“Of course, this was not easy to talk about”
PUBLISHED: 13:08 17 October 2018 | UPDATED: 13:22 17 October 2018
Stanley Underhill, one of 41 ‘Brothers’ at The Charterhouse, Islington, tells his fascinating story in Coming Out of the Black Country
“What has astonished me in recalling these traumatic events, bearing in mind that some of them occurred over eighty years ago, is the feeling that they happened yesterday.”
Such a quote, lifted from the preface of Stanley Underhill’s recently published memoir Coming Out of the Black Country, hints at the anguish to follow in the rest of his extraordinary tale.
Underhill – who is one of 41 ‘Brothers’ currently in residence at the Charterhouse Almshouse in Islington – takes to the following pages to tell his life story.
Though he covers many interesting topics throughout – his plight at being born in to poverty, falling victim to bullies at school, working for the Royal Navy and as an accountant, before becoming ordained in to the Church of England in 1981 – one topic leaves an especially lasting imprint on the reader.
“My book is dedicated to all those who have been hurt or suffered persecution because of homophobia, and to those who have helped to bring awareness and acceptance of homosexuality to communities, Church and State,” he says.
“For years, I couldn’t accept my homosexuality, and because of the prejudices of society I went through several ‘cures’ which didn’t work.
“These stressful situations made me very depressed. The idea of writing an account of my struggle with my sexual orientation was suggested to me by a therapist called Charles Neal – he thought it could be cathartic.”
Underhill, 91, became a Brother at Charterhouse in 2003 and began composing his life’s work five years ago.
Though troubling in many instances – the author underwent Freudian psychoanalysis and was injected with testosterone in a bid to ‘treat’ his homosexuality – this is an incredibly courageous piece of writing about reconciling sexual orientation with devout Christian beliefs.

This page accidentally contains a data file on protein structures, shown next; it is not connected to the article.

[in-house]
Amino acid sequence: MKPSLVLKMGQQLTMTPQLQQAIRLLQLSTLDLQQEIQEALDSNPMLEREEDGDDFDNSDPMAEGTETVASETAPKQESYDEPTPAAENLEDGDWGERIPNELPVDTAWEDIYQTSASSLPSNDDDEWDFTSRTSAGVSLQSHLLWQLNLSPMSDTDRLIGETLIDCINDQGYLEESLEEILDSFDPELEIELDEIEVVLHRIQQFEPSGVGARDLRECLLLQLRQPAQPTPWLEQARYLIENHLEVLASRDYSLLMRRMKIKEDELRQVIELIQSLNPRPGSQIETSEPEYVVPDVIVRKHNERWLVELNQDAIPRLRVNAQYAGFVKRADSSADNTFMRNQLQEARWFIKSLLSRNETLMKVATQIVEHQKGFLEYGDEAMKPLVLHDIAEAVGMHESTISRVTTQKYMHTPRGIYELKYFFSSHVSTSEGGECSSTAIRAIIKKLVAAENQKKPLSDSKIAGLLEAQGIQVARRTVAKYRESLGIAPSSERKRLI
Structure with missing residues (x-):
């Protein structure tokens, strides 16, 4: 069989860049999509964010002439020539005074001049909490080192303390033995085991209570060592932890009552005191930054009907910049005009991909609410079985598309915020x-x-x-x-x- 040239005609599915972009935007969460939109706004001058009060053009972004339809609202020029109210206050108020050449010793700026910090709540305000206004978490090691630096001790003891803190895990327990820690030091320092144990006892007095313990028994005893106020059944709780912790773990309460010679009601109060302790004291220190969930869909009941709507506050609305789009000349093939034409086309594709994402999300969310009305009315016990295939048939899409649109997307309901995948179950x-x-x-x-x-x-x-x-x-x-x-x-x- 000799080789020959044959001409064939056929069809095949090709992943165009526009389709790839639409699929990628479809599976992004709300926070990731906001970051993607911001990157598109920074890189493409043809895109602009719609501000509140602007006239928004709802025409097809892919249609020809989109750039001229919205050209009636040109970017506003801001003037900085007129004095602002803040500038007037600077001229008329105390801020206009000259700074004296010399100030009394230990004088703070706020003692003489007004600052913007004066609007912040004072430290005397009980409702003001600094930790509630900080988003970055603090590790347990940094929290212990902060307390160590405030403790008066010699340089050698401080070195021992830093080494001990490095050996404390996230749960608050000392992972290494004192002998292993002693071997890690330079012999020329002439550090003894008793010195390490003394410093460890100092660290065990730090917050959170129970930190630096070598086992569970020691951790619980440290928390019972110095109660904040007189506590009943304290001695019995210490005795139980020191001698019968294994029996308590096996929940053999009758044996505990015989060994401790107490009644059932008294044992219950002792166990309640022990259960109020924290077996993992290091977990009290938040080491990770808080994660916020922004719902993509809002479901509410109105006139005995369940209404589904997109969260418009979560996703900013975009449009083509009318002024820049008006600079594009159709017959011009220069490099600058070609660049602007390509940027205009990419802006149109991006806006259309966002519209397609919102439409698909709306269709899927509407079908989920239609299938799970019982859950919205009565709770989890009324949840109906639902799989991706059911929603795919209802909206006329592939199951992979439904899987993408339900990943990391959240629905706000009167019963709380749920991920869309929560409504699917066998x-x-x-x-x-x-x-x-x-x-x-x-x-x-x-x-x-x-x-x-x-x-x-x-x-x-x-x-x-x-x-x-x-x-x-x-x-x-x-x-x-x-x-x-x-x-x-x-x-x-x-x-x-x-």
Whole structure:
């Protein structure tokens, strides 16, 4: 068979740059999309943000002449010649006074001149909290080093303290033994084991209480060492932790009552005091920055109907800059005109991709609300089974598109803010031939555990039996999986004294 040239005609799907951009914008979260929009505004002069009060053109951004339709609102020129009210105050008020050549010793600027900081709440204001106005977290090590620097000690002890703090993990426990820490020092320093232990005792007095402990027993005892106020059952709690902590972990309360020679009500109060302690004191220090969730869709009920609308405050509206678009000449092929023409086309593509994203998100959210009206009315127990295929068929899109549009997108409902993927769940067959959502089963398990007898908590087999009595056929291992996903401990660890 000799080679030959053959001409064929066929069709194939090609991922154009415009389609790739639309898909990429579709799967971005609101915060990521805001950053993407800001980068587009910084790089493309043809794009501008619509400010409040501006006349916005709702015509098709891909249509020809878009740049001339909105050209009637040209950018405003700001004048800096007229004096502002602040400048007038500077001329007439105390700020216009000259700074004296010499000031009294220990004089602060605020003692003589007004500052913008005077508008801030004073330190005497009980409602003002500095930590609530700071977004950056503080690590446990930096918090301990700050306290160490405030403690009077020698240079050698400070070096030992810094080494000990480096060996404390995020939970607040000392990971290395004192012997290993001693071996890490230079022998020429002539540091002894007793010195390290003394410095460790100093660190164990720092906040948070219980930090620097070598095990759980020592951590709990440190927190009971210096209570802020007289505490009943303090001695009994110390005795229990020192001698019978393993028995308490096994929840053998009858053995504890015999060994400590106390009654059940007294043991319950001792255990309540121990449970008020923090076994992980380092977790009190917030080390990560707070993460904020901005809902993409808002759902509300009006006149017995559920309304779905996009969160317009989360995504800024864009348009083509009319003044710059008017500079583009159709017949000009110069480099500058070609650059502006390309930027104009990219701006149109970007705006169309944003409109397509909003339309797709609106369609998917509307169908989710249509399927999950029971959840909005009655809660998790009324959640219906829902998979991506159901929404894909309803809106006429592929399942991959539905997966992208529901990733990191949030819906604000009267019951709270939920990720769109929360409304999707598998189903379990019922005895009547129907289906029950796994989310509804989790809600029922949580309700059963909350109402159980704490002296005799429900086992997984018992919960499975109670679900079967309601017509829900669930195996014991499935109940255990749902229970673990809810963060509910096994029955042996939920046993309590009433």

“Of course, it was not an easy thing to write,” Underhill adds.
“I had to disclose things for the first time that I had never told a soul – the stories about being bullied at school and homophobic abuse. We often wear a mask and don’t tell people how we really are.
“I think gradually the Church is changing its mind, but there are still pockets of homophobia with conservative Christians. Of course, modern people don’t think anything of it – they accept it and there is no problem – but the idea that you are born with it rather than it being a choice is still a bone of contention for some at the Church of England.”
Underhill enjoyed the support of his Brothers at Charterhouse during the course of writing his book, with some helping to proofread his work.
Coming Out in the Black Country quotes Hamlet’s Polonius and his immortal line: “This above all, to thine own self be true.”
“It’s a lesson that I have learned of course,” continues Underhill.
“When I discovered I was homosexual, I pretended to be otherwise and I wasn’t being true to myself. It’s a lesson we all have to learn, if you are suppressing who you are then how can you be happy with yourself?”
Coming Out of the Black Country by Stanley Underhill is available to buy now. For more details, click here
If you value what this story gives you, please consider supporting the Islington Gazette. Click the link in the orange box above for details.